"There's a lack of clarity about when a plant is a plant... It is an 
unregulated mess with the caregiver system," McAllister said.

Sheriff Smith said his office, similar to when before dispensaries 
were shut down, continues to find grow operations ostensibly 
operating as caregivers. But it's seldom they're legitimate, he said.

Illicit drugs such as psychedelic mushrooms, schedule II painkillers 
and firearms have been found in raids.

"In our experience, it doesn't separate out between medical and 
illicit marijuana," he said, adding that lately people have been 
moving here to grow marijuana and sell it out of state for nearly 
double the price.


Meanwhile, voters statewide in November have a choice through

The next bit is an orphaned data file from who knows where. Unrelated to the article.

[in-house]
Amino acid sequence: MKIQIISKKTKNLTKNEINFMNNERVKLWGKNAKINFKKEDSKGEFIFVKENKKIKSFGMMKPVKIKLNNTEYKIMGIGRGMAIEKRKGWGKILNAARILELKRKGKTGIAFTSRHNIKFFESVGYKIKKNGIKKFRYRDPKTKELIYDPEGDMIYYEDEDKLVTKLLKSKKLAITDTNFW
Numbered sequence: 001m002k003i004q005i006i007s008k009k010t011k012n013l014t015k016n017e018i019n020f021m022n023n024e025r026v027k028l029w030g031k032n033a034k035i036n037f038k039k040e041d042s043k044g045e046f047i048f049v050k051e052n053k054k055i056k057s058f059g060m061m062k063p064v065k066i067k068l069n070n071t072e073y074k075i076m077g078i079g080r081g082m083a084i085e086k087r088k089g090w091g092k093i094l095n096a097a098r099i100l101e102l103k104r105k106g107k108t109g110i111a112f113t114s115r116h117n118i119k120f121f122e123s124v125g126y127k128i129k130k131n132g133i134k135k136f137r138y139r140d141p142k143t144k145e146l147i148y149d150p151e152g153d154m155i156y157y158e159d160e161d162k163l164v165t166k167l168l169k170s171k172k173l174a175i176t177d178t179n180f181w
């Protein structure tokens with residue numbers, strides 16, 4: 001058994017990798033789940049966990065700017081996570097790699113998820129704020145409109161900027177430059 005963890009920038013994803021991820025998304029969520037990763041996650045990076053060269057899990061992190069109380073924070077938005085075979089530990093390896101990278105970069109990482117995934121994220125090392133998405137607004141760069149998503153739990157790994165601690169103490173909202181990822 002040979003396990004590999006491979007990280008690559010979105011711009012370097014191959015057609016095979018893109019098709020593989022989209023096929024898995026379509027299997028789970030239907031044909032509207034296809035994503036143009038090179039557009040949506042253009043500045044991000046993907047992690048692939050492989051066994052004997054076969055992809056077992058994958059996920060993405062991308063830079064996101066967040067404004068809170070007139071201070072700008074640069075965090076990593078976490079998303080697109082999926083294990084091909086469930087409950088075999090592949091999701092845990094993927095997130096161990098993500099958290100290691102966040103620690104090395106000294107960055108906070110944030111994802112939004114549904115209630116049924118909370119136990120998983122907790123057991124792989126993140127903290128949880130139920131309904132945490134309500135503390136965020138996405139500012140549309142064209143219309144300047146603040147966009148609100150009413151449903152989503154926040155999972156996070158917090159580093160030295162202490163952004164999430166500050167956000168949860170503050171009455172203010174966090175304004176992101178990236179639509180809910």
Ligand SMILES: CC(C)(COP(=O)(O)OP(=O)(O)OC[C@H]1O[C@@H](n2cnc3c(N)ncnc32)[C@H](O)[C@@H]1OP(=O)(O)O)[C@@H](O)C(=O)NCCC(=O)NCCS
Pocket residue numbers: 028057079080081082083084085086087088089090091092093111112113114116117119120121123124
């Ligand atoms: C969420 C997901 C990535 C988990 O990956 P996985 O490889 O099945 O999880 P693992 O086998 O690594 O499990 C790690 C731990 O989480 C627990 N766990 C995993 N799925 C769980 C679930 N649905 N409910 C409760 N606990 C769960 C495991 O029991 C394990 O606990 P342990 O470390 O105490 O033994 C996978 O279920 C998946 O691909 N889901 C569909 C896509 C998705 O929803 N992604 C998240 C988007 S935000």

Amendment 64 on whether to legalize marijuana for recreational 
purposes for anyone 21 and older. That would lead to recreational 
dispensaries similar to but separate from medical stores.

Similar lines have been drawn locally with that issue. Law 
enforcement opposes it, and medical-marijuana advocates generally support it.

Grow operations continue to be discovered by law enforcement, and 
more will be busted. Smith said his investigators have a list of 19 
locations they've targeted but haven't had time to obtain warrants 
for, in part because of the complexity they've run into when growers 
claim medical status.

On both ballot choices, voters will decide whether to keep marijuana 
underground or in shopping centers.

"I don't think that you sit there and you throw up your hands and 
say, 'Because it's such a difficult problem, we just legalize it and 
we don't have to deal with it,'" Riedel said.

Watson disagrees: "The sooner people in Fort Collins realize 
marijuana's not going away, the better."